Thursday 30 August 2012

Phoenix fund's future going Dodo

IT'S hard to know which is more mythical. The Phoenix – feathered metaphor for perpetual renewal - or successful applications to the Assetless Administration Fund (AAF). 

Launched in 2005 and administered by ASIC, the AAF has been a source of diminishing assistance in recent years.

In 2009/2010, ASIC doled out $3.17 million to insolvency practitioners with no cash and grounds for investigation. The following year they had to manage with $2.84 million. That shrank to $2.16 million in the year just past. AAF allocations prior to 2009/2010 are not made public.

Yet despite the decline in grants, imminent regulatory responses to Phoenix activity could make AAF approvals even rarer.

The proposed Part 5.4c amendment to the Corporations Act means ASIC, which controls access to the AAF, will soon be dipping into the fund itself.

So how will applicants fare once the controller of the AAF’s purse strings becomes a competitor? And how will the shrinking fund cope with a potential increase in demand?

“ASIC will monitor the impact of the winding up reforms on the AAF and keep Treasury appraised of developments,” the corporate regulator told SiN. 

SiN wonders how independent such appraisals might be seen to be by a cynical insolvency profession, well aware regulatory bodies see it as part of the problem.

Then there's the question of whether an election-focused Treasury and surplus-fixated Treasurer will even care? Or whether there's time to address such concerns.

Wind-ups initiated by ASIC could begin as early as mid-November, with the regulator currently assessing submissions to its Consultation Paper 180 on the topic.

In its submission the IPAA recommended enforcing current laws.

"... there are existing laws available to the ATO and ASIC to deal with the issue, and to employees and unions. The issue is that the laws need to be enforced," the IPAA said. 

Nor are existing laws the only mechanism in place to assist abandoned employees. In June this year Bill Shorten used his discretionary powers as Federal Workplace Relations Minister to give Hastie employees access to GEERS before the construction firm had been placed into liquidation.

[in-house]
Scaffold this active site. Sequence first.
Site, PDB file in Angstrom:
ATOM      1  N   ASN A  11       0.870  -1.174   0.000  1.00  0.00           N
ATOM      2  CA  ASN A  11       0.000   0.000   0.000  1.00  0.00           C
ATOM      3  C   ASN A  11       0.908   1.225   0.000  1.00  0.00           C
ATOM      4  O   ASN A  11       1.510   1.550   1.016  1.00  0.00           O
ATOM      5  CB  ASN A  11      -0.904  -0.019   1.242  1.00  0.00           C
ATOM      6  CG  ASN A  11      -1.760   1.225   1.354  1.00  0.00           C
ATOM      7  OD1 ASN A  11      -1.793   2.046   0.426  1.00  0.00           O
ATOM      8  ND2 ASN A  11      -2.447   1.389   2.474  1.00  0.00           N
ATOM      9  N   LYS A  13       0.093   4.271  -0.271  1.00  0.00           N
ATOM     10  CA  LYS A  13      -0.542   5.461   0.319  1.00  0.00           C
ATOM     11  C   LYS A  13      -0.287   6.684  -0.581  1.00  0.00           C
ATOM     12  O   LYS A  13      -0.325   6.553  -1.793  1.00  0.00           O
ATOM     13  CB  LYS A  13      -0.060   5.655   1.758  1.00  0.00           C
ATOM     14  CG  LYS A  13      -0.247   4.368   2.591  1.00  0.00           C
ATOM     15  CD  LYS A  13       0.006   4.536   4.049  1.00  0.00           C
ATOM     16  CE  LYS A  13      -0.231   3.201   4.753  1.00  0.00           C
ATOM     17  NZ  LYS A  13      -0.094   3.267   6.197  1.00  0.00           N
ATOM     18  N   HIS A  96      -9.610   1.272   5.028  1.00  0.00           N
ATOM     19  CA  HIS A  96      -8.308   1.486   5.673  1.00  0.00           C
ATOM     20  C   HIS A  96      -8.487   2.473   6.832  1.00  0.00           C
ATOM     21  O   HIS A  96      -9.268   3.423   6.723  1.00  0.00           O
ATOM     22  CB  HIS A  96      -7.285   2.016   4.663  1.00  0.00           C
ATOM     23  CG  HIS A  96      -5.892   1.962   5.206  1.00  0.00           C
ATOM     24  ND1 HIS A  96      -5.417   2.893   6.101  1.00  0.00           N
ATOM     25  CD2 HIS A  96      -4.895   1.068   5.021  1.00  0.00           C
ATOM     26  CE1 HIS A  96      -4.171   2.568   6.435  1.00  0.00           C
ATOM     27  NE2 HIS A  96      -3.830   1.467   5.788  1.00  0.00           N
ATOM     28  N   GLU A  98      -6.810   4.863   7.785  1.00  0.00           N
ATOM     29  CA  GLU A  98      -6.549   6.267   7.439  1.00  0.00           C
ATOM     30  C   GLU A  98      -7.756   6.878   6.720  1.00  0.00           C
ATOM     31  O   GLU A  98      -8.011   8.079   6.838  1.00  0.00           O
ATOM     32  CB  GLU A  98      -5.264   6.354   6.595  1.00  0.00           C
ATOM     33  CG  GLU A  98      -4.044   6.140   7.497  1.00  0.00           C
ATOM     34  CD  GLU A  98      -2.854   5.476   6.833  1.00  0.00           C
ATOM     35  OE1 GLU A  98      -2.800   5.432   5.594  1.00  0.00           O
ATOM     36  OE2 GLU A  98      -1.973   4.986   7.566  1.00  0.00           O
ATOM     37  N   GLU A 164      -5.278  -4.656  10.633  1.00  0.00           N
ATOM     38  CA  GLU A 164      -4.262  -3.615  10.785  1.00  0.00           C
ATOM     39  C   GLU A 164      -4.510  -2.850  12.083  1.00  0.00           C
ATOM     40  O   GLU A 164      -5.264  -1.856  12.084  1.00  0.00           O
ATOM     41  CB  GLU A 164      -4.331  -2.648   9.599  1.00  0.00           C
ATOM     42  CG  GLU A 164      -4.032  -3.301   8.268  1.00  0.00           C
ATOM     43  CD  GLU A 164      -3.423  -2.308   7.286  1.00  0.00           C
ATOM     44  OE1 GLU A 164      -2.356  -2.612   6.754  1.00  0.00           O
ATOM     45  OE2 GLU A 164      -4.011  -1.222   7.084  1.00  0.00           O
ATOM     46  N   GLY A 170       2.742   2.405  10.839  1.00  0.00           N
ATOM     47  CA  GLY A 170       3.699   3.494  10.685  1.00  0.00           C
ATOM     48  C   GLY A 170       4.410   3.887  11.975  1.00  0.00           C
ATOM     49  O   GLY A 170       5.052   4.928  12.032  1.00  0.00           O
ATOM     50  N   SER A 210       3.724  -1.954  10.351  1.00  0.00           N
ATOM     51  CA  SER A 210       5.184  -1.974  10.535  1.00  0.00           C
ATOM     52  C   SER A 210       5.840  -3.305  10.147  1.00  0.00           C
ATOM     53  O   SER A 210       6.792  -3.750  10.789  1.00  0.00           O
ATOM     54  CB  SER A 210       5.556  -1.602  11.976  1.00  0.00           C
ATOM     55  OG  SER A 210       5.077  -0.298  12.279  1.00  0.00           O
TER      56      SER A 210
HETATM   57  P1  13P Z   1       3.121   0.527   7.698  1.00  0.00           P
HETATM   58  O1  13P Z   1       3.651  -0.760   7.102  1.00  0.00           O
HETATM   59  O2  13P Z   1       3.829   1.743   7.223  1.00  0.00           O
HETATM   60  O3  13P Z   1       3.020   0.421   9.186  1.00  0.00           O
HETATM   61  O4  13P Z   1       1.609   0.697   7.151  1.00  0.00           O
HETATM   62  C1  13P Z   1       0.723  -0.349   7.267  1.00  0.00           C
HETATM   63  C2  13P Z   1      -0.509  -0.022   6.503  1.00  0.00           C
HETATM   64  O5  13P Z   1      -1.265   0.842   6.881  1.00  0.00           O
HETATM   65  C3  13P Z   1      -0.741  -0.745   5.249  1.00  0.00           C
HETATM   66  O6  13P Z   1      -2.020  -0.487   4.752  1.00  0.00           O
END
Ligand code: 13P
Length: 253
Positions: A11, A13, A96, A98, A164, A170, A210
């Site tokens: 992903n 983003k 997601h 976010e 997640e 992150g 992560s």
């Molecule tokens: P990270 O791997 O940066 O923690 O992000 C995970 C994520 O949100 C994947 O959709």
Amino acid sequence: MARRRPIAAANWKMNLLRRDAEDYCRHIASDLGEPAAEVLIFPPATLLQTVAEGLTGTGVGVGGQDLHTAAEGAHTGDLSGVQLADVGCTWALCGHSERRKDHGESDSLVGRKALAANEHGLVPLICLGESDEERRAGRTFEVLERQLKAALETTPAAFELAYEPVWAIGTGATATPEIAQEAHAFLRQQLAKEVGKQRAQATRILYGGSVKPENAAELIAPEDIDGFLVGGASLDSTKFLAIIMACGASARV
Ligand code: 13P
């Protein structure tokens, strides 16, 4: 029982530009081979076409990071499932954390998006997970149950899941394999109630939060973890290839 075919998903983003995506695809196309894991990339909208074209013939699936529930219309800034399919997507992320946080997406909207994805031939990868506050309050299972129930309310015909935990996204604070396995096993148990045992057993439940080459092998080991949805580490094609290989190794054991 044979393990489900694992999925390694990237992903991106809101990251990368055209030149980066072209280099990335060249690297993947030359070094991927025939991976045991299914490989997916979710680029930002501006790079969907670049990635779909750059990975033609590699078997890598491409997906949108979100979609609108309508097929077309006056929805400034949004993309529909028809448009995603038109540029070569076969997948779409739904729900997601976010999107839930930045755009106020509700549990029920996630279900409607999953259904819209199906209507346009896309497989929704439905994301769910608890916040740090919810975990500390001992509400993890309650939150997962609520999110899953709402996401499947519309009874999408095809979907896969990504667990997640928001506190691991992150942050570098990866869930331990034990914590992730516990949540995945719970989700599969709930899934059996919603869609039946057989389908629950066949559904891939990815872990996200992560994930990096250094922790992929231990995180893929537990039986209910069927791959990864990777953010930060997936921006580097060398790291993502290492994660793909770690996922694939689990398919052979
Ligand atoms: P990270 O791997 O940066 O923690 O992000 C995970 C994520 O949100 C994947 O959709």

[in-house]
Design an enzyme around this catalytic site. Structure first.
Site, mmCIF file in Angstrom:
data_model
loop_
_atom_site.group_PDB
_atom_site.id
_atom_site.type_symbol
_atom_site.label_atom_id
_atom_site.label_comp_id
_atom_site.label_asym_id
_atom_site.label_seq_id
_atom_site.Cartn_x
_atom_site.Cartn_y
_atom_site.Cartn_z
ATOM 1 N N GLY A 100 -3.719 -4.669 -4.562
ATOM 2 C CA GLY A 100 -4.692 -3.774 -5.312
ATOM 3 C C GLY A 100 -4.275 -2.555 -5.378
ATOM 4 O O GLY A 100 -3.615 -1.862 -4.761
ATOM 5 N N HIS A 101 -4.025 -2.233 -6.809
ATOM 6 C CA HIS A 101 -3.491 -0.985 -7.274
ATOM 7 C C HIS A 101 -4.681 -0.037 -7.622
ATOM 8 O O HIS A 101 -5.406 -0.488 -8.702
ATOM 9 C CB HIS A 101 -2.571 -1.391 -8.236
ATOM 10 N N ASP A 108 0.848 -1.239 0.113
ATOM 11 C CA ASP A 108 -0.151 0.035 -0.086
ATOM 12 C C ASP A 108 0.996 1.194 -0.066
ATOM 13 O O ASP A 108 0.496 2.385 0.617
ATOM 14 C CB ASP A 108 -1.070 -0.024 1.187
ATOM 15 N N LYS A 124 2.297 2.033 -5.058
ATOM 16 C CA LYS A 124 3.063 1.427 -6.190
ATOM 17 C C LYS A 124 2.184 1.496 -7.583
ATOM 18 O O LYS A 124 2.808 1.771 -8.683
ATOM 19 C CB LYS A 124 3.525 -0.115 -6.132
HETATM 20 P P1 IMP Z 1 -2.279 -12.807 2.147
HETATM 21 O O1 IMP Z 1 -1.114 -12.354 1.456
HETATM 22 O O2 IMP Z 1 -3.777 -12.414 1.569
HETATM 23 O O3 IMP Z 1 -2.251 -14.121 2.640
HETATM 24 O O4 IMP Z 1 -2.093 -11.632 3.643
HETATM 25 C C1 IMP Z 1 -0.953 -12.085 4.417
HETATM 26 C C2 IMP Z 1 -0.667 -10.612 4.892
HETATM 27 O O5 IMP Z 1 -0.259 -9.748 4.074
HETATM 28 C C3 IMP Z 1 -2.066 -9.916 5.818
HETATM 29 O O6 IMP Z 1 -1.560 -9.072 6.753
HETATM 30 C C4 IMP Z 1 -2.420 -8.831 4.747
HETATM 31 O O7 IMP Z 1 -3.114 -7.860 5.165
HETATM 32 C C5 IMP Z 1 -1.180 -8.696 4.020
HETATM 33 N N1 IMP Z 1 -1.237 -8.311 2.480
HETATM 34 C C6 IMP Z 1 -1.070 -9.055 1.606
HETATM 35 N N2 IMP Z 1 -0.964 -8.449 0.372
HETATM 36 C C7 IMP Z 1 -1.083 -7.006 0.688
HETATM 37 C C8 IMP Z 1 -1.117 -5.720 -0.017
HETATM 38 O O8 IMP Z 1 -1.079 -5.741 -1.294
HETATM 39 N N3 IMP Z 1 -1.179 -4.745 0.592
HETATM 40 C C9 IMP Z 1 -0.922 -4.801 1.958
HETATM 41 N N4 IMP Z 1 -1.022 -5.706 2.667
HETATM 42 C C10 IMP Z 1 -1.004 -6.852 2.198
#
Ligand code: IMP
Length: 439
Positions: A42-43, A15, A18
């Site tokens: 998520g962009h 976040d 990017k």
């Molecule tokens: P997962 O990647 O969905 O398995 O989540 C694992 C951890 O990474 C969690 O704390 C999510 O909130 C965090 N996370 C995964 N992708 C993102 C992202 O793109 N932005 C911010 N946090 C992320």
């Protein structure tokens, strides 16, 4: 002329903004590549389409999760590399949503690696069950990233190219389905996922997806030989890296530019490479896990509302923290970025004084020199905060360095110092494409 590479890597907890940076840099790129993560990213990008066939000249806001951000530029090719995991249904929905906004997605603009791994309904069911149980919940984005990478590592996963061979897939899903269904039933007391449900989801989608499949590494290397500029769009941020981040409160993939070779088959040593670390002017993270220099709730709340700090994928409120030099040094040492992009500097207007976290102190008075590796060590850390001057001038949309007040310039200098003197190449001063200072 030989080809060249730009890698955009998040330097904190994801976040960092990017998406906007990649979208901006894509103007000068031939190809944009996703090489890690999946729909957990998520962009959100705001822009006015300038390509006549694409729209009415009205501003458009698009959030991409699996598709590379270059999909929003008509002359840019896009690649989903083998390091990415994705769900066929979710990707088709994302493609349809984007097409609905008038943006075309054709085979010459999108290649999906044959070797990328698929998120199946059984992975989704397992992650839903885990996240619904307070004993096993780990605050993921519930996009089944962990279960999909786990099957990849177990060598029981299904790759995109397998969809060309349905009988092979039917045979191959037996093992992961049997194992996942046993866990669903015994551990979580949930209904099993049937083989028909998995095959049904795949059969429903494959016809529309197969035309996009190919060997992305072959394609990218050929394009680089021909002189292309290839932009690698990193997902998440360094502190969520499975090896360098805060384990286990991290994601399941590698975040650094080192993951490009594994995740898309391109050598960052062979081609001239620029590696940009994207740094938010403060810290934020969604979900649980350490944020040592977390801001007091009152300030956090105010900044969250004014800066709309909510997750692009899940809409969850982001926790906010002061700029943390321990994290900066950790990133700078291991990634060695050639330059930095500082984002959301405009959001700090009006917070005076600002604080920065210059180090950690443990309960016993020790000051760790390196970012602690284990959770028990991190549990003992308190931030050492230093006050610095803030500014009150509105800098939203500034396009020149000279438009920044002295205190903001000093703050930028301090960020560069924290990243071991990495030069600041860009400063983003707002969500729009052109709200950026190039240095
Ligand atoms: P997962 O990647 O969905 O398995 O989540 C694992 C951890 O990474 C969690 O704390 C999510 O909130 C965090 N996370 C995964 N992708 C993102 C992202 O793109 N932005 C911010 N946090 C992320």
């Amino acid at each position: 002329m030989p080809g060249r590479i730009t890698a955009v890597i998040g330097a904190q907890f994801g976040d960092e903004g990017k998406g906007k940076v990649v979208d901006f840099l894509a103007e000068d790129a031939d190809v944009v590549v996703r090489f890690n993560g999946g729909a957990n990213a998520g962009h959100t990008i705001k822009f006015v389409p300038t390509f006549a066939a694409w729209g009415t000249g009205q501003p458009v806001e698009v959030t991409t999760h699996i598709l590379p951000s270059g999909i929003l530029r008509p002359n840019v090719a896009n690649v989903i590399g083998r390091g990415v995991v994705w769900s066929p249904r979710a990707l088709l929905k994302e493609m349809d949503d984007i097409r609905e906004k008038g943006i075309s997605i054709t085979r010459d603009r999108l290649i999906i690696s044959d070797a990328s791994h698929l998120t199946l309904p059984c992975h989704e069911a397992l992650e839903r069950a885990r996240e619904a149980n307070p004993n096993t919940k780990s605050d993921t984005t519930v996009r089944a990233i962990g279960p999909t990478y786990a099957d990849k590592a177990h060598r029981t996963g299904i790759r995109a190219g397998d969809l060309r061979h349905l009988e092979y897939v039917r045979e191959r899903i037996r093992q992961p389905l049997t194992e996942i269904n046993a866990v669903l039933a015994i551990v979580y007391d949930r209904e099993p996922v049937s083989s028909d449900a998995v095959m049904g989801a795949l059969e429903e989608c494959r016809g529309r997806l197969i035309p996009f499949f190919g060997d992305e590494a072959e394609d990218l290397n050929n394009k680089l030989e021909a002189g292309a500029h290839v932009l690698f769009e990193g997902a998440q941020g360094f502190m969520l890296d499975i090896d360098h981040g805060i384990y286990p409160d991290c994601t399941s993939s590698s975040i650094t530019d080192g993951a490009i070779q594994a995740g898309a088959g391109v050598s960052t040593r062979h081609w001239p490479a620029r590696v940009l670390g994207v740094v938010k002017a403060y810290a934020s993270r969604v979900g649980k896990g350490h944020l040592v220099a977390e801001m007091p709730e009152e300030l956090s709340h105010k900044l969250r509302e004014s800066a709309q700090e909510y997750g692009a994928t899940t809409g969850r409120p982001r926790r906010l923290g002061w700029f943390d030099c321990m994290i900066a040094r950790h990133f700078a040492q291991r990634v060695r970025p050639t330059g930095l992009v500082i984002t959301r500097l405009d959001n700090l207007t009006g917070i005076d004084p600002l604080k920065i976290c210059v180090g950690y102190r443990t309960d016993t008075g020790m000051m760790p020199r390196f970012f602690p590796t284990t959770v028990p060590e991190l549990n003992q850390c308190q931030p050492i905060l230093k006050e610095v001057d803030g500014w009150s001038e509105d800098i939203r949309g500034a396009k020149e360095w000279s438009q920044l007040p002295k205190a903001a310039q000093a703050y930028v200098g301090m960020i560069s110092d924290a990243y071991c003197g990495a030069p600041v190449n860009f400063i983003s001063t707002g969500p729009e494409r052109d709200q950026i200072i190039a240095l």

Then there is the question of need. How many GEERS claims are being knocked back because the abandoned company has not been liquidated? 

SiN asked the Department of Education, Employment and Workplace Relations (DEEWR) for figures on the number of claims to GEERS between 2009 and 2012 rejected.

A DEEWR spokesman said 448 claims from 298 businesses  were assessed as ineligible during the period "because the former employer had not entered liquidation".

"There is no evidence to suggest this situation is trending up or down," the spokesman said.

No trend that is when the figures are lumped together and not broken down year-on-year. 

So, it's about 1.5 employees per abandoned business. Doesn't seem like a weight of numbers sufficient to justify such a draconian amendment as Part 5.4c. But there is an out clause. 

Potentially, threats to the AAF's capacity to fund insolvency practitioners might be assuaged by Part 5.4c’s “public interest test” component, which gives the corporate cop near criminal leeway in deciding when to initiate the winding-up of an abandoned company.

"Consistent with the new law, ASIC is proposing to apply a public interest test when deciding whether to wind up a company," the regulator said in CP 180.

"This public interest test will consider factors like the cost of winding up, the amount of outstanding employee entitlements and how many employees are affected."

Given the trend of declining grants and Part 5.4c's broad discretionary power, the public interest test might mean ASIC raids the AAF only when the number of employees abandoned are either too numerous to ignore or are backed by a bellicose union. But that’s a myth for another day.

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